Eknelygoda’s wife wonders if husband is ‘no more’

Prageeth Eknelygoda’s wife, Sandhya, at left, has been in close contact with CPJ since his disappearance on the night of January 24, just two days before the hotly contested Sri Lankan presidential elections. She was a primary source for our May investigative report, In Sri Lanka, no peace dividend for press. As we noted in our alert today, she has started to organize prayer vigils at Hindu and Buddhist temples and Christian churches around the country, trying to pressure the government into helping her locate her husband. Although they have had no word from him, she and her two sons, 16 and 13, are convinced Eknelygoda, below, is still alive.

(A slide show of Prageeth Eknelygoda’s cartoons can be seen here.)

For Sandhya and others who are concerned about the safety of Sri Lankan journalists, Prageeth Eknelygoda’s disappearance is evidence that the government’s attitude toward journalists has not changed since the of President Rajapksa’s re-election in January.

In an e-mail message today, Sandhya told us:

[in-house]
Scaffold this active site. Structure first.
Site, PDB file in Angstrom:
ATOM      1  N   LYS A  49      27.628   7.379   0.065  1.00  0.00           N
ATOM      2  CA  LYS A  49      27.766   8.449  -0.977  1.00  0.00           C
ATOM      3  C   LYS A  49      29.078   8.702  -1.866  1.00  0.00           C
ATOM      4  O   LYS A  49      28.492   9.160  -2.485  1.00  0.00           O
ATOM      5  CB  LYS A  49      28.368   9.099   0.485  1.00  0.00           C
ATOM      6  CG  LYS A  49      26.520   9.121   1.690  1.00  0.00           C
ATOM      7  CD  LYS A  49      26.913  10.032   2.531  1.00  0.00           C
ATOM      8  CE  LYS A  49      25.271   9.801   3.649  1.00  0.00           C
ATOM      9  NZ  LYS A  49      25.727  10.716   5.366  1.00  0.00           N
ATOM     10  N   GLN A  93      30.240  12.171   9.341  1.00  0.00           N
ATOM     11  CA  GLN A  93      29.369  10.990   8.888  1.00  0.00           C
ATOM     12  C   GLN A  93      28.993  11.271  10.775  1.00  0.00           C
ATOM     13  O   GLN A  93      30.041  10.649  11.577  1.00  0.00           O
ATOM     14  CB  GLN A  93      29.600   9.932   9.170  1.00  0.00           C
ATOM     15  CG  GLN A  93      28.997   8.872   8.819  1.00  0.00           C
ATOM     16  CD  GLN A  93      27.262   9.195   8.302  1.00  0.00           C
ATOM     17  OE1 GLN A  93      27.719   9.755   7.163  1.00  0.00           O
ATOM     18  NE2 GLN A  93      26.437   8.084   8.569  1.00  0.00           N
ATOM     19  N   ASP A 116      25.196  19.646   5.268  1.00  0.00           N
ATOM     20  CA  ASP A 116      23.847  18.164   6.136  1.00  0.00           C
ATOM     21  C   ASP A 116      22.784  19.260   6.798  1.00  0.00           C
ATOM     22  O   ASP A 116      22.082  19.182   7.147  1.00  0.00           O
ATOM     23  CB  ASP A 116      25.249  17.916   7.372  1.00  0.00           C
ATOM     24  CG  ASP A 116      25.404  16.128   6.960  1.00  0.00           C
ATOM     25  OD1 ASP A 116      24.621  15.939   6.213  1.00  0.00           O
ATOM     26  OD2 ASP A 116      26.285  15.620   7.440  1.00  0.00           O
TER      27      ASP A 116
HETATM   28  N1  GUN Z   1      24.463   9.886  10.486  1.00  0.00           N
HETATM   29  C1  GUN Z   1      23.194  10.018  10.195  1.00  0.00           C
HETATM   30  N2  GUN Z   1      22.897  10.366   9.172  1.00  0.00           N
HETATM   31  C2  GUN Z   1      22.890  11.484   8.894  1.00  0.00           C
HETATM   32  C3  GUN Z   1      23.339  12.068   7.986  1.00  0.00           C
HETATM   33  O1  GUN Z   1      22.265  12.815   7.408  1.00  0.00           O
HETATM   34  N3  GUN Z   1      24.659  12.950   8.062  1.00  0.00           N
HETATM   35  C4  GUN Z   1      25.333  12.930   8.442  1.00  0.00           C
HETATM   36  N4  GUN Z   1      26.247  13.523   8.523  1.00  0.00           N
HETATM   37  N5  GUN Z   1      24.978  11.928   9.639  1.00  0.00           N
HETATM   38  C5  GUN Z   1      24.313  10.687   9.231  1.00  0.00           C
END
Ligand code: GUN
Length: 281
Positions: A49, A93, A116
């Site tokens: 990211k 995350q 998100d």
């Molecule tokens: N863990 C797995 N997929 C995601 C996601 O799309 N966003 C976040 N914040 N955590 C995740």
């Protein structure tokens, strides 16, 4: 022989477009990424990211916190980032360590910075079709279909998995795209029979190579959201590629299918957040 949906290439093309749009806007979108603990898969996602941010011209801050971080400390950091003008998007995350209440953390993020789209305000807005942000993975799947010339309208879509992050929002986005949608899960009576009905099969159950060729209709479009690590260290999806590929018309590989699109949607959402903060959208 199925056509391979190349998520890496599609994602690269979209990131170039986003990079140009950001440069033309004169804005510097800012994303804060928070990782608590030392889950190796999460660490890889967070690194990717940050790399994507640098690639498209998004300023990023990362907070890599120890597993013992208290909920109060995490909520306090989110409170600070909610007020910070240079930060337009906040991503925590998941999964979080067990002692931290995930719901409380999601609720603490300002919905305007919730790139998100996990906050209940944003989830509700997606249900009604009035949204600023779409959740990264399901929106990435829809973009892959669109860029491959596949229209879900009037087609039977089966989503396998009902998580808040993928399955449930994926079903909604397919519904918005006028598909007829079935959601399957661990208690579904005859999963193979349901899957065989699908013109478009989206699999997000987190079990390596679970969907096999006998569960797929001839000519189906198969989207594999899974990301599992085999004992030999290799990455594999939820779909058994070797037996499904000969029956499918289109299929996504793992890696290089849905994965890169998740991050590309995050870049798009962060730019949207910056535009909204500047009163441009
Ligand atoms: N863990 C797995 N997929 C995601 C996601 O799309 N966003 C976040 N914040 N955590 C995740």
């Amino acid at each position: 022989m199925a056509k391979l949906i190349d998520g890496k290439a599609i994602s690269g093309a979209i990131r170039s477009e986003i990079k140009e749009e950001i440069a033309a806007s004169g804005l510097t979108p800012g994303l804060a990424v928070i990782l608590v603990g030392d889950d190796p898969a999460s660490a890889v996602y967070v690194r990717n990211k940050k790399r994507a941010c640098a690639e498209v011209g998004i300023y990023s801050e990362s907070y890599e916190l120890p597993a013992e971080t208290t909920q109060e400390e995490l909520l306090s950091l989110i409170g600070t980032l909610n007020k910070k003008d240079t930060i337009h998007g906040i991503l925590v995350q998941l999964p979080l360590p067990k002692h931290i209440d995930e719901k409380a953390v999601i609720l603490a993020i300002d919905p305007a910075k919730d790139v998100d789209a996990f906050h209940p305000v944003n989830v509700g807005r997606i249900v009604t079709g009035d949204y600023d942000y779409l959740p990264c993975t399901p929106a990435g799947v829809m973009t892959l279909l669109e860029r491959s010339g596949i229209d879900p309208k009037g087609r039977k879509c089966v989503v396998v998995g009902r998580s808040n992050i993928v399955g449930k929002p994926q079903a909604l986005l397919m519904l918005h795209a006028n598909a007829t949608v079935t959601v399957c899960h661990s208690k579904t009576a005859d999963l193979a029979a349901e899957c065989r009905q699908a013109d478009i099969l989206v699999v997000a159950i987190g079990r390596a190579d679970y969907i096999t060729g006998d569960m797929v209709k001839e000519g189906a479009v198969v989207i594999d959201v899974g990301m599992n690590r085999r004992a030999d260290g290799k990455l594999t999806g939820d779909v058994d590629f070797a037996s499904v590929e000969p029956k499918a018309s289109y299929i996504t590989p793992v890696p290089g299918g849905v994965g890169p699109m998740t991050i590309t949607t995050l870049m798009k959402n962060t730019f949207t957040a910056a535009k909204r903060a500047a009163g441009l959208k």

It has been six months since Prageeth disappeared. There has been no news of him. People say many different things, but I don’t believe them, and don’t want to accept that he is no more. For, if I accept, I won’t be able to carry on my fight, not just to find him, but even get him justice. If I stop, those who are responsible for his disappearance will walk free. I don’t want that to happen. If Prageeth is no more, I need to find out what happened to him and the people who are responsible for the dastardly deed. I also want to bring those people to justice. My hope and my belief give me strength to carry on with my mission. I will, someday, somehow, find out the truth. 

Sandhya also said:

Even though Prageeth has been missing for six month, there has been no official statement from the government or any responsible officials. I have gone to courts. The last hearing was on July 21 where several witnesses were questioned. The defendants (the police) did not come, although the judge had issued notice they be present. The judge ordered that notice be issued again.

The police are expected to uphold law and order. Their failure to appear in courts is an insult to the judiciary and makes a mockery of the law and order they are expected to protect and maintain. An ordinary person can be ignorant, but it is sad when the police, tasked with upholding the law, break it.

This is why I have to go beyond the law and seek divine assistance. This is why I decided to go to kovils, temples, and churches and hold prayer vigils. I am hopeful that other women whose husbands or sons have disappeared will join me in my endeavor.

Sandhya Eknelygoda made her remarks in Sinhala. They were translated by a CPJ colleague in Colombo.